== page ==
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International Conference for Food Safety and Quality
(November 5-6, 2009)
Accountability Undermines Food Safety Overhaul: Food Safety Legislation
Propped up by Antiquated Estimates Rather Than CDC Data
Source of Article: http://www.prweb.com/releases/foodillnessaccountability/foodsafetylegislation/prweb2683494.htm
Foodborne illness is underreported, but 12 years of CDC FoodNet data
collection confirms a difference of tens of millions between estimated
and reported cases of food illness. The CDC, legislators and other public
officials continue to use 10-year-old, non-substantiated estimates as
the basis for recommending and funding national foodborne illness policy.
When HR 2749 - Food Safety Overhaul - comes to the House floor this
week, the Association for Food Illness Accountability asks legislators,
"Why is the United States using ten-year-old estimates rather than
documented cases to develop food safety strategies and legislation?
If we are to solve the problem of foodborne illness we must accurately
define the problem, be it the farm, the factory, or the home fridge."
Memphis, TN (PRWEB) July 28, 2009 -- Legislators are ignoring more than
a decade's worth of CDC collected data as Rep. John Dingell's Food Safety
bill HR 2749 moves to the House floor. The newly formed Association
for Food Illness Accountability is asking why policy makers are relying
on an unsubstantiated 1999 report when CDC's Foodborne Diseases Active
Surveillance Network (FoodNet) confirms a discrepancy of tens of millions
of cases of foodborne illness.
Despite the strides of FoodNet and the requirements of most states to
report foodborne illness, the CDC and many legislators continue to quote
a 1999 report, "Food-Related Illness and Death in the United States"
based on approximations of passive data. The authors estimate 76 million
cases of foodborne illness including 325,000 hospitalizations and 5,000
deaths each year.
According to the CDC's Morbidity and Mortality Weekly Report (MMWR),
CDC reports 17,883 laboratory-confirmed cases of food illness infection
in FoodNet surveillance areas for 2006. A total of 18,499 laboratory
confirmed cases of foodborne illness were reported in 2008. Based on
numerous CDC reports, this data remains relatively stable. The CDC also
reports substantial declines in leading causes of illness (Campylobacter,
Listeria, Shigella, E.coli, and Yersinia). Cases of Salmonella and Cryptosporidium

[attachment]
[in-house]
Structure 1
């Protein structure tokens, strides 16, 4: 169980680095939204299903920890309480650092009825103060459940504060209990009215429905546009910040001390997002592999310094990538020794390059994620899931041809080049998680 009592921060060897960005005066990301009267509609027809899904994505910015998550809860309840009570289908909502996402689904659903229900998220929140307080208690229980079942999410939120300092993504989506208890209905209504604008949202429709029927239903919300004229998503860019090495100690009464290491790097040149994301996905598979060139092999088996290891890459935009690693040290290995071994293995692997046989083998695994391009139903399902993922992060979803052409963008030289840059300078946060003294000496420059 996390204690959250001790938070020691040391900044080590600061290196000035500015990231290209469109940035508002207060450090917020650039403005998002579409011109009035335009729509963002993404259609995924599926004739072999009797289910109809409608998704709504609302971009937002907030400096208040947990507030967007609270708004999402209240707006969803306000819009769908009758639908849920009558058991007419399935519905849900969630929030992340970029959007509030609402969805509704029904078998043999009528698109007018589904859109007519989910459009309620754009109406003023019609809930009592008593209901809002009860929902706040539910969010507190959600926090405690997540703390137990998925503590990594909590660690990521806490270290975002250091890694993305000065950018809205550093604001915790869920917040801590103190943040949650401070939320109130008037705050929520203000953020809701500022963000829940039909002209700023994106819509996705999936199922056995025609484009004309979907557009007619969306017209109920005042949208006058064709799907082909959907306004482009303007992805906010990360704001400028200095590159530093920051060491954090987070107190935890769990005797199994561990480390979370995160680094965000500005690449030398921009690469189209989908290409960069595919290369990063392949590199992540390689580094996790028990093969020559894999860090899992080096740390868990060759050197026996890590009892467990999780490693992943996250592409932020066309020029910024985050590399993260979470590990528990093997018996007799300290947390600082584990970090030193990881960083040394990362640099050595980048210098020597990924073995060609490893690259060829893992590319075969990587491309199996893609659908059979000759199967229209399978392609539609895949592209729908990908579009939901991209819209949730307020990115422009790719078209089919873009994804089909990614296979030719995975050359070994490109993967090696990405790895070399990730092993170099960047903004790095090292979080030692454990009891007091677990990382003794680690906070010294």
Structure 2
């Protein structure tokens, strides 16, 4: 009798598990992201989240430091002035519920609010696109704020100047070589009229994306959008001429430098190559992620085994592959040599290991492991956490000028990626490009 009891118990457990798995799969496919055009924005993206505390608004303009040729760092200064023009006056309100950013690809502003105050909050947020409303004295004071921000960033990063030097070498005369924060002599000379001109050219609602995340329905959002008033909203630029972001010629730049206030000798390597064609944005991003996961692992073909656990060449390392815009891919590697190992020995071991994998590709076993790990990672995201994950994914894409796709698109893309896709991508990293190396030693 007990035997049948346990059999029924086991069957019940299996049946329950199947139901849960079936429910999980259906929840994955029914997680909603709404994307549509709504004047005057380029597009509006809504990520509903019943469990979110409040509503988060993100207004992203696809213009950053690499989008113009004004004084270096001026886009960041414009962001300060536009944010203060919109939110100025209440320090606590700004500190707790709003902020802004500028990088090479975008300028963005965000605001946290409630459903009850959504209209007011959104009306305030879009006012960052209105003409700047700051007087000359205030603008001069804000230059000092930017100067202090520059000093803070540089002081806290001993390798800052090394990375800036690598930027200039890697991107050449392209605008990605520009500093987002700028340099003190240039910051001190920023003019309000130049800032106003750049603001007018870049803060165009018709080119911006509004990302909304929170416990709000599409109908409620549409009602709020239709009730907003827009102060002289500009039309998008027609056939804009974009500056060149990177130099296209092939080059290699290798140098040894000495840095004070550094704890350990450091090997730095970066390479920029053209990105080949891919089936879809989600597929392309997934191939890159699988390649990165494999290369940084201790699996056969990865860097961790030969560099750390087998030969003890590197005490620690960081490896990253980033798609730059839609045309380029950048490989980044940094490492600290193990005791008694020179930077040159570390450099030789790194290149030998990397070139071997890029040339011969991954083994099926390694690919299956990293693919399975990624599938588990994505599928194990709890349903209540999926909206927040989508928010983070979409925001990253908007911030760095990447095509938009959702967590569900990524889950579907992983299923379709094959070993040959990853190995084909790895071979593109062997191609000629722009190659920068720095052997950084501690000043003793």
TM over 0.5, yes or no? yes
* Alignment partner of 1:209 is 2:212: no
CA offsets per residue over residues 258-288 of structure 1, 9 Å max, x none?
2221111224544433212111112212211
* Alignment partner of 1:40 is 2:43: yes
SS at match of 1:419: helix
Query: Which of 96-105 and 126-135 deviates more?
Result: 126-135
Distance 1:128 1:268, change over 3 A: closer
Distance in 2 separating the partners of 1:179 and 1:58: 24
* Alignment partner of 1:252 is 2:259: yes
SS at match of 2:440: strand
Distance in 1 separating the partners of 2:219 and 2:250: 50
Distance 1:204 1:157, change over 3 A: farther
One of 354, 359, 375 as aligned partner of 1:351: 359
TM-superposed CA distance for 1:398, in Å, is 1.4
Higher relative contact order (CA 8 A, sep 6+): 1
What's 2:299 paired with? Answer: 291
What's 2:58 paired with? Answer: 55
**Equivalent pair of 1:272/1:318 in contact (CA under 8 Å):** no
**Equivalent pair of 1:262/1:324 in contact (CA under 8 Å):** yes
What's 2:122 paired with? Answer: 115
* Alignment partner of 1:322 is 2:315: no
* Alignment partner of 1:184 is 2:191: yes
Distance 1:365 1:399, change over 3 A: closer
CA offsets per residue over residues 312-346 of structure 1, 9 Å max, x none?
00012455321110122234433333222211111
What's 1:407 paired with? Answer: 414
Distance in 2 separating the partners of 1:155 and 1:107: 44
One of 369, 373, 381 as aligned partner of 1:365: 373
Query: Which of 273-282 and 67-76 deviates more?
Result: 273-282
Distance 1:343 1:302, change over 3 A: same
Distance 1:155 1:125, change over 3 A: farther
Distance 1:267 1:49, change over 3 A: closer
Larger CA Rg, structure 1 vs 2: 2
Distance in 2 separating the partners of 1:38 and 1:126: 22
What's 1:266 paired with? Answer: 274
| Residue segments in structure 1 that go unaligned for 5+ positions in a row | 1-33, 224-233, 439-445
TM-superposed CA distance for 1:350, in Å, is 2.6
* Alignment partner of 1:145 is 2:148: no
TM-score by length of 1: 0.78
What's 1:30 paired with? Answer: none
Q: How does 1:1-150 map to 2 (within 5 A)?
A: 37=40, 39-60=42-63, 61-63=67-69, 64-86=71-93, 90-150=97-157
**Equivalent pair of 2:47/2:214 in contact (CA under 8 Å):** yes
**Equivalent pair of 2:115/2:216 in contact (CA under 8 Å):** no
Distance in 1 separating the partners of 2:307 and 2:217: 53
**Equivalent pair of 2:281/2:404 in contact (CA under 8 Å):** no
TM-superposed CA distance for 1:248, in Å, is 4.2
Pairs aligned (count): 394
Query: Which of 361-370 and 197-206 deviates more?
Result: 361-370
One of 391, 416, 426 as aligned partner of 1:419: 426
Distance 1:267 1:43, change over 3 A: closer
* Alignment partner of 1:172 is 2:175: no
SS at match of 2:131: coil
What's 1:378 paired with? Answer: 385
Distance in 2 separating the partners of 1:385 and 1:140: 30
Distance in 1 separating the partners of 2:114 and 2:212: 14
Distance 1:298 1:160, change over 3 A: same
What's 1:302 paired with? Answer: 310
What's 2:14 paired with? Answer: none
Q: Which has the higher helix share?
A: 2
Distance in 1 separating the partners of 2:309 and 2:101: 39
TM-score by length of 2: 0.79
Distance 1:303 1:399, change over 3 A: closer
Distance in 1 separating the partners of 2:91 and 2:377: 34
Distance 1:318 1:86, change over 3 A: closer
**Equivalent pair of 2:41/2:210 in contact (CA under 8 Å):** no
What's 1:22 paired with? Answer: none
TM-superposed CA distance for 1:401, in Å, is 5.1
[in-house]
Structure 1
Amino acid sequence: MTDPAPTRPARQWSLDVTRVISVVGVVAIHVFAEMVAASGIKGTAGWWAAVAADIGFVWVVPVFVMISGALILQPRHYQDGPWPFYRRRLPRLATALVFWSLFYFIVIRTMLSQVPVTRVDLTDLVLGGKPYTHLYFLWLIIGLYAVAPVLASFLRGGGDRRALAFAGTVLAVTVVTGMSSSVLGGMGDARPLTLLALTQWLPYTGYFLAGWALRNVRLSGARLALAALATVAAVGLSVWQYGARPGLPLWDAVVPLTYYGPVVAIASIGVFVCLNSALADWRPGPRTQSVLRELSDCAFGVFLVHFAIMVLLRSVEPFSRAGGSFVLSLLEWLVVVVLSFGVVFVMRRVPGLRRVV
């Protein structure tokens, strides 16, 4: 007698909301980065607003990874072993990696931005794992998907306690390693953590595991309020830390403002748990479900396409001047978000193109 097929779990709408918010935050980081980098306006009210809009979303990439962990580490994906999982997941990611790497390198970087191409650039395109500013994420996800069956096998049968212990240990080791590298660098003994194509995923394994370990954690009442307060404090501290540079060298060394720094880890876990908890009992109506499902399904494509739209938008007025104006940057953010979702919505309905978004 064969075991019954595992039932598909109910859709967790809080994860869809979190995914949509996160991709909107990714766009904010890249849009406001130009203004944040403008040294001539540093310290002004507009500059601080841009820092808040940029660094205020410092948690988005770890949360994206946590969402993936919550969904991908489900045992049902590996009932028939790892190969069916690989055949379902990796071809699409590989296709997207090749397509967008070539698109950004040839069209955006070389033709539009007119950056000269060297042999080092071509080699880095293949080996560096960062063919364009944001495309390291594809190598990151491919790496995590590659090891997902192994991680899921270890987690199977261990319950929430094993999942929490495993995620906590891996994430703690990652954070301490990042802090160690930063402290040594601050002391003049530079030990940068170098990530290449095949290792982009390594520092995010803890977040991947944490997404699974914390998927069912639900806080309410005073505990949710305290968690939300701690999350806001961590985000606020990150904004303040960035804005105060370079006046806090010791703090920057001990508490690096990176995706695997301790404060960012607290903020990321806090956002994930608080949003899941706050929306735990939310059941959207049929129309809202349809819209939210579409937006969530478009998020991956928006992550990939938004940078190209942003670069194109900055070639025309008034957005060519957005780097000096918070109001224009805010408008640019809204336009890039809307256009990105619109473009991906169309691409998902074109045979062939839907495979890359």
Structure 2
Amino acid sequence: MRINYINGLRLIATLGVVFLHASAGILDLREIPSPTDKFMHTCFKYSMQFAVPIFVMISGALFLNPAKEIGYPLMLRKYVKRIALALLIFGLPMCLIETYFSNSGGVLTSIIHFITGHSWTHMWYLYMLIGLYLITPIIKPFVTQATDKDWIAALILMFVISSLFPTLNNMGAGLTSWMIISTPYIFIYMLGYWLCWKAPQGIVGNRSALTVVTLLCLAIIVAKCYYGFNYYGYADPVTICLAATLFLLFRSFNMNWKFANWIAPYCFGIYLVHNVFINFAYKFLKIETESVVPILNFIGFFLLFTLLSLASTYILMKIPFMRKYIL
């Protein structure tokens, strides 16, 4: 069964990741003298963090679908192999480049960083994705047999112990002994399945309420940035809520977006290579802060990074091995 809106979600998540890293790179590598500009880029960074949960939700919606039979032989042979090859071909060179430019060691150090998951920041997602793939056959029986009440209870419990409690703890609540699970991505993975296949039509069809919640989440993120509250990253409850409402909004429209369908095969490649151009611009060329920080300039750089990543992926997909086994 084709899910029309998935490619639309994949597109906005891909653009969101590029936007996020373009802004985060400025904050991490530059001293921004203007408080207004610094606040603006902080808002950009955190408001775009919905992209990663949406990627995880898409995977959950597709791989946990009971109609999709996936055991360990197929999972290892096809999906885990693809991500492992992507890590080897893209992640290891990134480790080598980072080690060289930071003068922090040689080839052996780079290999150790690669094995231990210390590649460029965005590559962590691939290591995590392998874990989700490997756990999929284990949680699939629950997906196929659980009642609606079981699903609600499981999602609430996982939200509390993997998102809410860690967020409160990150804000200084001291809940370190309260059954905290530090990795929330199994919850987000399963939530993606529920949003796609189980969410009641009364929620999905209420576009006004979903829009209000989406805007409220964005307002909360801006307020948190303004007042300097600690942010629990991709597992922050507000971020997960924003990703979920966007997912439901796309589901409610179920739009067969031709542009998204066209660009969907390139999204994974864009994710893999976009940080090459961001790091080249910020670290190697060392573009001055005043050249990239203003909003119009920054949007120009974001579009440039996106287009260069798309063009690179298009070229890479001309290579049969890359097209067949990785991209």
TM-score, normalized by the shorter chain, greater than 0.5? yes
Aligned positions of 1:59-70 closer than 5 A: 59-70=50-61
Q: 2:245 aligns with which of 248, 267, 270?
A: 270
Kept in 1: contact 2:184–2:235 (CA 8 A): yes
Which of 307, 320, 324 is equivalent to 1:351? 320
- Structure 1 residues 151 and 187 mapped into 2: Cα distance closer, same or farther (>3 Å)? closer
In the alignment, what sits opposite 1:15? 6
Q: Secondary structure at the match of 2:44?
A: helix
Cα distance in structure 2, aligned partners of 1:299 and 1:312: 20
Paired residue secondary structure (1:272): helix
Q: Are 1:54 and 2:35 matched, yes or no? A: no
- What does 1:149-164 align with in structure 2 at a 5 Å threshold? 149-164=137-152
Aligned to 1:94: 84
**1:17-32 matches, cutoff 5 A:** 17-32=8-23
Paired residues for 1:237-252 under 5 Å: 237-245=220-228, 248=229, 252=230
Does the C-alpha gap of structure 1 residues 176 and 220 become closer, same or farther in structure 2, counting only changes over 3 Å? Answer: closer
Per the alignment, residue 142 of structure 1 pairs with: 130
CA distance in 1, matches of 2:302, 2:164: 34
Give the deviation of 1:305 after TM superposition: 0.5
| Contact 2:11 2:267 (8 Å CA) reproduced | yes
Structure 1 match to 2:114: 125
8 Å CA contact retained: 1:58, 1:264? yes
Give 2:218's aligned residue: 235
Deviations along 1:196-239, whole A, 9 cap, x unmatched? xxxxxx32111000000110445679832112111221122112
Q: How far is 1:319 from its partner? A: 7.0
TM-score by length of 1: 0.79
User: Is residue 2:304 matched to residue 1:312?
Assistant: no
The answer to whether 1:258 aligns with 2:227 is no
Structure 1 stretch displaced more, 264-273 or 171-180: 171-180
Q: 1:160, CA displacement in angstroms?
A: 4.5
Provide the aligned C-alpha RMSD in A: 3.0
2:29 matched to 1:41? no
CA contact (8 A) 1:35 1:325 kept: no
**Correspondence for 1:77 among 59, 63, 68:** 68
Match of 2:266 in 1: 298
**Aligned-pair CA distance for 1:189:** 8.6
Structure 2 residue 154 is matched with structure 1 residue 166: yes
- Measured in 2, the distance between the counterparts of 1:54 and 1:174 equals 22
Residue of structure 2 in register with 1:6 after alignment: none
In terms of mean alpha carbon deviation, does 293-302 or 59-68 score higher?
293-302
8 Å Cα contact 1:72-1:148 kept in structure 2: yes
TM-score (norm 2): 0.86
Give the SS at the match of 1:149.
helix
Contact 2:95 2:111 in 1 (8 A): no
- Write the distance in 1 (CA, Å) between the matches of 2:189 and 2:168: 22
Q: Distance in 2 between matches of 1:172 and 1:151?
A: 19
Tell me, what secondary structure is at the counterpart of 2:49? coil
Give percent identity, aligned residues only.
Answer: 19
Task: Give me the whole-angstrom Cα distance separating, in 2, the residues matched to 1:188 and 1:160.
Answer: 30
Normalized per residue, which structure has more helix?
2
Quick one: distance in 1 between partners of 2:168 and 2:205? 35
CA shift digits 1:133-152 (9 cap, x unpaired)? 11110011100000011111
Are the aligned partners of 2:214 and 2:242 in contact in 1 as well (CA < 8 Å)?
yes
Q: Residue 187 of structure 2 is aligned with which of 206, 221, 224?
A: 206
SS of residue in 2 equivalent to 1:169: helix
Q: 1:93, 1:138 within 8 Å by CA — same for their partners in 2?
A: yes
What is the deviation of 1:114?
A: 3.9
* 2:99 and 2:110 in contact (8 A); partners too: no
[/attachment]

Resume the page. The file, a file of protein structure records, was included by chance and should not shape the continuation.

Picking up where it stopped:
are nearly unchanged, although not nearly approaching the nation's healthy
target initiative. Only cases caused by Vibrio have increased substantially.
"Clearly no one knows how many cases of foodborne illness occur
annually. If 5,000 deaths and 325,000 hospitalizations remain unaccounted
for each year, Americans should be outraged," says Cindy Hazen,
founder. "We've had a decade to begin correlating this report with
laboratory confirmed cases and we've made no advances. If we are to
solve the problem of foodborne illness we must accurately define the
problem, be it the farm, the factory, or the home fridge."
The Association for Food Illness Accountability calls for emphasis on
foodborne illness reporting to strategize targeted solutions. "Legislators
need to know whether we're seeking cures for the common cold or pandemic
flu," says Hazen. "Forty years ago, NASA pledged to send men
into space. In 1958 NASA launched its first satellite and by 1969 Apollo
11's men were walking on the moon. Could NASA have been successful if
they were using 10-year-old mathematical speculations? In the 21st century
FDA can't eliminate food illness if CDC doesn't know the time, place
or occurrence of infection. It's not enough to say we know it's a problem
but we have to guess at the magnitude because most people don't report
massive hepatitis A exposure brings lawsuit
Source of Article: http://www.justicenewsflash.com/2009/07/27/mcdonalds-sued_200907271749.html
2009-07-27 21:36:50 (GMT)
(JusticeNewsFlash.com - Featured, Justice News Flash, Personal Injury)
Illinois personal injury lawyers file suit against Milan McDonald¡¯s
chain alleging worker infected customers with hepatitis A. Personal
injury attorneys in Illinois are seeking class action status citing
10,000 possible victims in the hepatitis A outbreak.
Illinois personal injury attorney news reporting food poisoning and
contamination claims involving hepatitis A and other bacterias.
Quad Cities, IL?McDonald¡¯s was named in a class action lawsuit filing
by civil trial attorneys representing a man, and thousands of unnamed